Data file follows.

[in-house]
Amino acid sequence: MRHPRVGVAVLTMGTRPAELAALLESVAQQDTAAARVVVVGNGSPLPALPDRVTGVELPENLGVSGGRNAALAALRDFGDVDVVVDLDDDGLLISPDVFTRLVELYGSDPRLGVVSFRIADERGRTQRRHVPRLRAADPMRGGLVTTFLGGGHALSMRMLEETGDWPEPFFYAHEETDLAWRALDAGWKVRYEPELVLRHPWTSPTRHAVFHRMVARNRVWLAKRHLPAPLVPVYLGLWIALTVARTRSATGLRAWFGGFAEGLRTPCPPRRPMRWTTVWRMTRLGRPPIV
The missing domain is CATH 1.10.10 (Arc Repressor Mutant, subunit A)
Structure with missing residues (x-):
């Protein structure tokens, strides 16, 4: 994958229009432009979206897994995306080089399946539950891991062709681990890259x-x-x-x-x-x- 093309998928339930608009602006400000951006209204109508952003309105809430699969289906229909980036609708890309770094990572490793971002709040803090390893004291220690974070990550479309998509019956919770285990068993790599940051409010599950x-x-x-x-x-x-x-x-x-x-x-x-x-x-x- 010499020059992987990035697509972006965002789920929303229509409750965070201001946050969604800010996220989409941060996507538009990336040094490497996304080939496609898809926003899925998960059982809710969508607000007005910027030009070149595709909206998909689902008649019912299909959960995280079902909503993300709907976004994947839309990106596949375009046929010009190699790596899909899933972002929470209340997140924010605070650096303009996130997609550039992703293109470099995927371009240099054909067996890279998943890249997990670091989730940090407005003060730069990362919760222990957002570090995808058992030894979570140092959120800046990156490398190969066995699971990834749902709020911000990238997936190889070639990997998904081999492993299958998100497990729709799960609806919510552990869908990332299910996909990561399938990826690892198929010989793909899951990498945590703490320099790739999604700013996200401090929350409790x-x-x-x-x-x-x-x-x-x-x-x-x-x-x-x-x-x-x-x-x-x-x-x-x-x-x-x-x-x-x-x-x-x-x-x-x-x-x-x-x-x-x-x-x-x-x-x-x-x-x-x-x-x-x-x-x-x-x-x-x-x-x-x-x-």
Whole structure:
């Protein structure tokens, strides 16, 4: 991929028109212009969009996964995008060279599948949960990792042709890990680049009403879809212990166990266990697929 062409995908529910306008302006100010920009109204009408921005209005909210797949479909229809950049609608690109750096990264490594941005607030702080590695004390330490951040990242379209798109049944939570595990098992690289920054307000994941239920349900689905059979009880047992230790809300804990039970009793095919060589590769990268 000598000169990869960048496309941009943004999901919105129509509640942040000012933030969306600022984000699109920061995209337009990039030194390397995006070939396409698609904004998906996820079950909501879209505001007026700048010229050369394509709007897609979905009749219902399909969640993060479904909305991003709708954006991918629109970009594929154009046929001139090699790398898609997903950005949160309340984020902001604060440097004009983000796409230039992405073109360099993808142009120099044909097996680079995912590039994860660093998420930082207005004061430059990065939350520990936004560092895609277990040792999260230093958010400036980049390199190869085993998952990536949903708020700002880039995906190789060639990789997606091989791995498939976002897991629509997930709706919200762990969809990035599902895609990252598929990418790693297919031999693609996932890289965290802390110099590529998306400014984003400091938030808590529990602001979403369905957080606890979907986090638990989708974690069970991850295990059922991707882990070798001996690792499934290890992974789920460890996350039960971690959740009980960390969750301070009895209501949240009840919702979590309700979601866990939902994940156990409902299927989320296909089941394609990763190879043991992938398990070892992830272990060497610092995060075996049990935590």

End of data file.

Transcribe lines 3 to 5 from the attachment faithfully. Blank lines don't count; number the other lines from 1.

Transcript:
The missing domain is CATH 1.10.10 (Arc Repressor Mutant, subunit A)
Structure with missing residues (x-):
């Protein structure tokens, strides 16, 4: 994958229009432009979206897994995306080089399946539950891991062709681990890259x-x-x-x-x-x- 093309998928339930608009602006400000951006209204109508952003309105809430699969289906229909980036609708890309770094990572490793971002709040803090390893004291220690974070990550479309998509019956919770285990068993790599940051409010599950x-x-x-x-x-x-x-x-x-x-x-x-x-x-x- 010499020059992987990035697509972006965002789920929303229509409750965070201001946050969604800010996220989409941060996507538009990336040094490497996304080939496609898809926003899925998960059982809710969508607000007005910027030009070149595709909206998909689902008649019912299909959960995280079902909503993300709907976004994947839309990106596949375009046929010009190699790596899909899933972002929470209340997140924010605070650096303009996130997609550039992703293109470099995927371009240099054909067996890279998943890249997990670091989730940090407005003060730069990362919760222990957002570090995808058992030894979570140092959120800046990156490398190969066995699971990834749902709020911000990238997936190889070639990997998904081999492993299958998100497990729709799960609806919510552990869908990332299910996909990561399938990826690892198929010989793909899951990498945590703490320099790739999604700013996200401090929350409790x-x-x-x-x-x-x-x-x-x-x-x-x-x-x-x-x-x-x-x-x-x-x-x-x-x-x-x-x-x-x-x-x-x-x-x-x-x-x-x-x-x-x-x-x-x-x-x-x-x-x-x-x-x-x-x-x-x-x-x-x-x-x-x-x-």